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Speakers see Jewish role in end times, countering ‘two-covenant theol

NEW YORK (BP)–The Jewish people will play a critical role during events leading to the second coming of Christ, declared speakers during “To the Jew First in the New Millennium: A Conference on Jewish Evangelism,” Sept. 23-25 at Calvary Baptist Church in Manhattan.
Paige Patterson, president of the Southern Baptist Convention, described his beliefs about the sequence of end-time events to a group of approximately 600 people who attended the conference’s finale: “The Feast of Tabernacles Concert and Celebration.”
God is not finished with the Jewish people who still have a key place in biblical prophecy yet to be fulfilled, Patterson said, echoing a view which had been expressed earlier in addresses by other speakers.
Conferees listened intently as Patterson told them the church age will end with the rapture at which time Christians will be taken out of the world by Christ and a period of great tribulation will begin.
During the tribulation, the Book of Revelation teaches that 144,000 Jews — 12,000 from each tribe — will preach the gospel of Jesus Christ, Patterson noted.
“The gospel will not be raptured; only people are raptured,” Patterson said during remarks on the same topic at an earlier press conference. “Now some people say, ‘How can that possibly be? Jews don’t even know what tribe they’re from.’ Of course, that’s true. But the fact that they do not know does not mean God doesn’t know. That’s no problem for God whatsoever.”
After the church age, the activity of God in the world will be “back on Jewish ground,” Patterson told conferees.
“I do treat the church as a parenthesis,” Patterson said. “The fact of the matter is that when you read the Old Testament, every major doctrine that is found in the New Testament is there but one: the doctrine of the church. …
“The church is a parenthetical program. … That doesn’t mean it’s unimportant. It doesn’t mean it’s not of ultimate importance. … But we do mean it is parenthetical in that there is coming a day when God will reinstitute his covenants from Abrahamic times and before — even with the Jewish nation.”
Patterson, along with other speakers, rejected “two-covenant theology,” which teaches that gentiles must come to God through Christ but that Jews need not do so.
“There are a few, but very few, evangelicals who would argue that Jewish people are still under the first covenant and hence they may have access to God simply by the keeping of the Jewish law,” Patterson observed. “That’s never going to be a view accepted by any substantial core or part of evangelicals for the simple reason that it fails the most basic reformation principle: … salvation is by grace through faith alone.”
Sponsored by Chosen People Ministries of Charlotte, N.C., formerly the American Board of Missions to the Jews), the conference was held at Calvary Baptist Church — an independent Baptist congregation formerly associated with American Baptists and pastored by David Epstein, an ordained Southern Baptist minister whose grandfather was Jewish.
The adoption of the two-covenant theology by some evangelicals may be contributing to a diminishing emphasis on Jewish evangelism, suggested Richard L. Pratt Jr., a professor at Reformed Theological Seminary, Orlando, Fla.
“Evangelicals are beginning to soften the call to non-Christian Jews and telling them that they do not really have to give exclusive loyalty to Jesus,” Pratt warned.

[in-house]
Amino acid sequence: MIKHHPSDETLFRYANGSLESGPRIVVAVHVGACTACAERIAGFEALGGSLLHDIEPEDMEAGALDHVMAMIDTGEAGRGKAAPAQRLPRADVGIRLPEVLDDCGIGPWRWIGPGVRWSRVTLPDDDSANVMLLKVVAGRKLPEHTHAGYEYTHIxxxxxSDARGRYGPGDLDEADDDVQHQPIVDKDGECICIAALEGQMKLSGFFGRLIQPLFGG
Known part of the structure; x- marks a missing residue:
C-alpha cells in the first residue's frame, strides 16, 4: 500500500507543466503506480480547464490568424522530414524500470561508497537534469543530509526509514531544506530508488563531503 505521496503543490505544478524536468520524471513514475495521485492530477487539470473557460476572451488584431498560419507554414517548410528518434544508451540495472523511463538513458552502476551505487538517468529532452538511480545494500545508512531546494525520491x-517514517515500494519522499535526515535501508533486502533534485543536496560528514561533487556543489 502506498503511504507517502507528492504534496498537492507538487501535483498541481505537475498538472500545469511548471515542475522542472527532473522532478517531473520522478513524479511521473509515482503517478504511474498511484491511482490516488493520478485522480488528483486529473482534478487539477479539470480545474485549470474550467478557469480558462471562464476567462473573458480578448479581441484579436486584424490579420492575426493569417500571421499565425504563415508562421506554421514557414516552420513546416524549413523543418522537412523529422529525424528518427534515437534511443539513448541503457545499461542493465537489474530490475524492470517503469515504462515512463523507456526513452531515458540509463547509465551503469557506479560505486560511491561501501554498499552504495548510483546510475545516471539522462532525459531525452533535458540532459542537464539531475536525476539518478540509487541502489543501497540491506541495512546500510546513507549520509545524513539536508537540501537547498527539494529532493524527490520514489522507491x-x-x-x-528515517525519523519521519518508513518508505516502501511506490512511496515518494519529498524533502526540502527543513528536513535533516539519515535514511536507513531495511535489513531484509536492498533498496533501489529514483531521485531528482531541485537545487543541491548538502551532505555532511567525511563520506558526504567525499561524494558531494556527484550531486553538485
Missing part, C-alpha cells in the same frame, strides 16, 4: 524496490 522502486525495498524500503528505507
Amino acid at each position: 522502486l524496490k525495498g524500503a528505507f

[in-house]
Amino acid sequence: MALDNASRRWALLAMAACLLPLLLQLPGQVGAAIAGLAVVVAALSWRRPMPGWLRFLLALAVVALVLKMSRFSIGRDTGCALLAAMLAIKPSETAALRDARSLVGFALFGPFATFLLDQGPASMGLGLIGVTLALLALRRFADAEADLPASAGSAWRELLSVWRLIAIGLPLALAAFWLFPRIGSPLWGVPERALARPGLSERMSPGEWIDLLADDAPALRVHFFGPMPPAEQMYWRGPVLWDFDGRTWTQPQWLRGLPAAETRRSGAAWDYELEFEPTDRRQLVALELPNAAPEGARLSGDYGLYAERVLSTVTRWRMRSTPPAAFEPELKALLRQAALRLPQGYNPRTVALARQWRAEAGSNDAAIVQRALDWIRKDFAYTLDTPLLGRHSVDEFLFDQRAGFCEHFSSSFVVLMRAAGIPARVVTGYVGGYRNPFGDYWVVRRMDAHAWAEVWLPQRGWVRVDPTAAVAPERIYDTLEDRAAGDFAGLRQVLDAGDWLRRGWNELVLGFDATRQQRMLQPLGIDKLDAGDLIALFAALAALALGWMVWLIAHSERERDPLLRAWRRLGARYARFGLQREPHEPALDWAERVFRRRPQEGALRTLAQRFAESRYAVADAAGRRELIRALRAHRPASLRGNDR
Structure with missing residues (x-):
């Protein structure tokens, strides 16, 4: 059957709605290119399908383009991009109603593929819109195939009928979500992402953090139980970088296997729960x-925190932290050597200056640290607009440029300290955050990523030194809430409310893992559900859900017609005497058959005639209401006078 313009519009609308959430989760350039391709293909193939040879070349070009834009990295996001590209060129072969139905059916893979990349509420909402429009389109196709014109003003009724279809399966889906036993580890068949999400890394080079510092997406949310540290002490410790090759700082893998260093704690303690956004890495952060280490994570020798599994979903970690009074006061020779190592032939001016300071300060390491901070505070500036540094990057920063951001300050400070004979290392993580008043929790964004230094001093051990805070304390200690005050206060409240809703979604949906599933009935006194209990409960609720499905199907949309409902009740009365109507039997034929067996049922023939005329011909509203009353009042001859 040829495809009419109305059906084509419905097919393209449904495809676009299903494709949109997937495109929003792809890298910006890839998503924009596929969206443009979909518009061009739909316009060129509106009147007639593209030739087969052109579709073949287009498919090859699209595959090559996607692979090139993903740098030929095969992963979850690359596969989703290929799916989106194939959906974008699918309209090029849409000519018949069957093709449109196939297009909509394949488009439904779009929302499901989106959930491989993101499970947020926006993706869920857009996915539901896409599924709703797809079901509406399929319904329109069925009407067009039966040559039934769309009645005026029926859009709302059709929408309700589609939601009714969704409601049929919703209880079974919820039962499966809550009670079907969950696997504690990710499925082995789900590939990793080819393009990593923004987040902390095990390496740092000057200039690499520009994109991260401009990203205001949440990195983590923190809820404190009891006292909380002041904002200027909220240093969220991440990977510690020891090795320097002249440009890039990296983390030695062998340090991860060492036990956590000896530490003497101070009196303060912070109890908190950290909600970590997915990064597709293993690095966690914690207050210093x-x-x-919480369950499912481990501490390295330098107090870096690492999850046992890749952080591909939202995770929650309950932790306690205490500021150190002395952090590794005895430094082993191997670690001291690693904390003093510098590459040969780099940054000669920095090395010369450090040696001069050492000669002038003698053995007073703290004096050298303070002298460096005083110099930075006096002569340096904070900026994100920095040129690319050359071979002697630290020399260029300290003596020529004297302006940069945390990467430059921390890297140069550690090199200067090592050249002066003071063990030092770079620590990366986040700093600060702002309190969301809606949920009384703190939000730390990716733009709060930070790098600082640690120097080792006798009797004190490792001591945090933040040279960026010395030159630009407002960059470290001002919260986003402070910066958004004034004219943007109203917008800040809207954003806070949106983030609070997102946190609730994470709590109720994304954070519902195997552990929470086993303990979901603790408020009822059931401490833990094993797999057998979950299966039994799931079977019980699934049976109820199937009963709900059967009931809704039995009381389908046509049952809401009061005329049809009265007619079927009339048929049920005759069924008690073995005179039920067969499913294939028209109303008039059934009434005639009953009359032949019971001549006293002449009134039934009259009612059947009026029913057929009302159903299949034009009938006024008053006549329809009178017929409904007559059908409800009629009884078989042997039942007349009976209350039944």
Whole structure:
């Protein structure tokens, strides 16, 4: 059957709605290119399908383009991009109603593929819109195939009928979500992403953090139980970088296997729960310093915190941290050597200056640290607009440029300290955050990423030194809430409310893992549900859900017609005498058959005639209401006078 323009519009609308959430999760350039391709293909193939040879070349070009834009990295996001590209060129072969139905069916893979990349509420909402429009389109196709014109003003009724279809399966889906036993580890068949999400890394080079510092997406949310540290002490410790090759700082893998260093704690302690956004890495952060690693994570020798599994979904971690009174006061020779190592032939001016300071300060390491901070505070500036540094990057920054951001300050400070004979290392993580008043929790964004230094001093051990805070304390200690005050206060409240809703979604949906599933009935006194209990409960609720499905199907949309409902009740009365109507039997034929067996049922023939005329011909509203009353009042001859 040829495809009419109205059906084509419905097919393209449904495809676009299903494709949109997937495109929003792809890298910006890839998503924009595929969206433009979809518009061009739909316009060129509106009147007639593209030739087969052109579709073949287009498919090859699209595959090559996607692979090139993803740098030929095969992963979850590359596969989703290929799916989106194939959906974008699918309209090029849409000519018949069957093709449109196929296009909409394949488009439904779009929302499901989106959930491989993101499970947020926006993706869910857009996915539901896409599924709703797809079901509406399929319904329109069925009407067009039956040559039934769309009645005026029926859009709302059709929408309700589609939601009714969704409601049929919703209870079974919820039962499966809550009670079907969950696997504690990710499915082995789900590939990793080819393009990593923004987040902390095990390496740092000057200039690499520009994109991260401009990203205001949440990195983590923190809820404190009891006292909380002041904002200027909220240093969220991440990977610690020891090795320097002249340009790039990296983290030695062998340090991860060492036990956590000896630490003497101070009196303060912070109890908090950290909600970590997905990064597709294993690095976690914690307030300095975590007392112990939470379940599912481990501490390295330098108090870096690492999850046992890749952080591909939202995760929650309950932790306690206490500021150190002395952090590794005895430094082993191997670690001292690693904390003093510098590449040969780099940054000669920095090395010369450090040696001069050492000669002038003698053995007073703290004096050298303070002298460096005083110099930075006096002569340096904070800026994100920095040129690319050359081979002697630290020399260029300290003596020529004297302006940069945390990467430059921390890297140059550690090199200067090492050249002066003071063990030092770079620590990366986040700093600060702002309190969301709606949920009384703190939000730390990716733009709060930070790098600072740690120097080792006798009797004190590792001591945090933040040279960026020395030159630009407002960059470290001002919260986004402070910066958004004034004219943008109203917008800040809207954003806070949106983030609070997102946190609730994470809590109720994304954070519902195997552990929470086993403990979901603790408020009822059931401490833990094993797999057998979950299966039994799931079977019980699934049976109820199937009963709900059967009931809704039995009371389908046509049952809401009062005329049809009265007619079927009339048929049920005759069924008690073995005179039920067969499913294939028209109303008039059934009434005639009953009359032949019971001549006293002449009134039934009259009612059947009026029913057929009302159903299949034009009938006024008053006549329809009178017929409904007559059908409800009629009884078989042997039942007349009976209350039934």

Mitch Glaser, president of Chosen People Ministries, recounted the teachings of a Jewish theologian who reinterpreted John 14:6, in which Jesus asserted, “No one comes to the Father except through me.”
Glaser said the theologian claimed that Jesus was referring to those who are not already with the Father, namely the gentiles. “It was said that Jews are already with the Father by covenant relationship,” he recounted, “and therefore, we have no need for a mediator — that we have no need for Jesus. …
“But I don’t think the covenant God made with Abraham — even though I feel it’s still nationally valid — assures individual Jewish people of salvation, which comes only through Jesus.”
Kai Kjaer-Hansen of Denmark, international coordinator for the Lausanne Consultation on Jewish Evangelism, said two-covenant theology seems appealing to some Christians.
“A doctrine of two covenants to many has the ring of good news,” Hansen said, adding that advocates of the view believe that “the Christian church need no longer have a bad conscience because it has failed to bring the gospel to the Jews.”
But, Hansen said, “It is not very difficult to understand why liberal and radical theologians support this view when it is considered how they have reduced and transformed Jesus” in contrast to how he is portrayed in the New Testament.
Likewise, conference speakers largely rejected replacement theology, which teaches that the church is the “new Israel” or “spiritual Israel” and that the Jewish people as a whole will have no special role during end-time events.
But despite the consensus of the conference’s speakers, many contemporary theologians indeed hold to replacement theology, said Walter C. Kaiser Jr., president of Gordon-Conwell Theological Seminary, South Hamilton, Mass.
“It has become commonplace among more recent theologians to regard the Christian church as the new successor and replacement for Israel,” Kaiser said.
But he noted that the Apostle Paul, writing in Romans 9-11, would not agree with replacement theology.
“Paul proposes no new definition for Israel; for him there was only one Israel,” Kaiser said. “The pendulum of history swung from Israel to the Gentiles, but it will swing back to Israel again. … The Jewish people are loved forever by God because of the promise God had given to the patriarchs.”

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  • Keith Hinson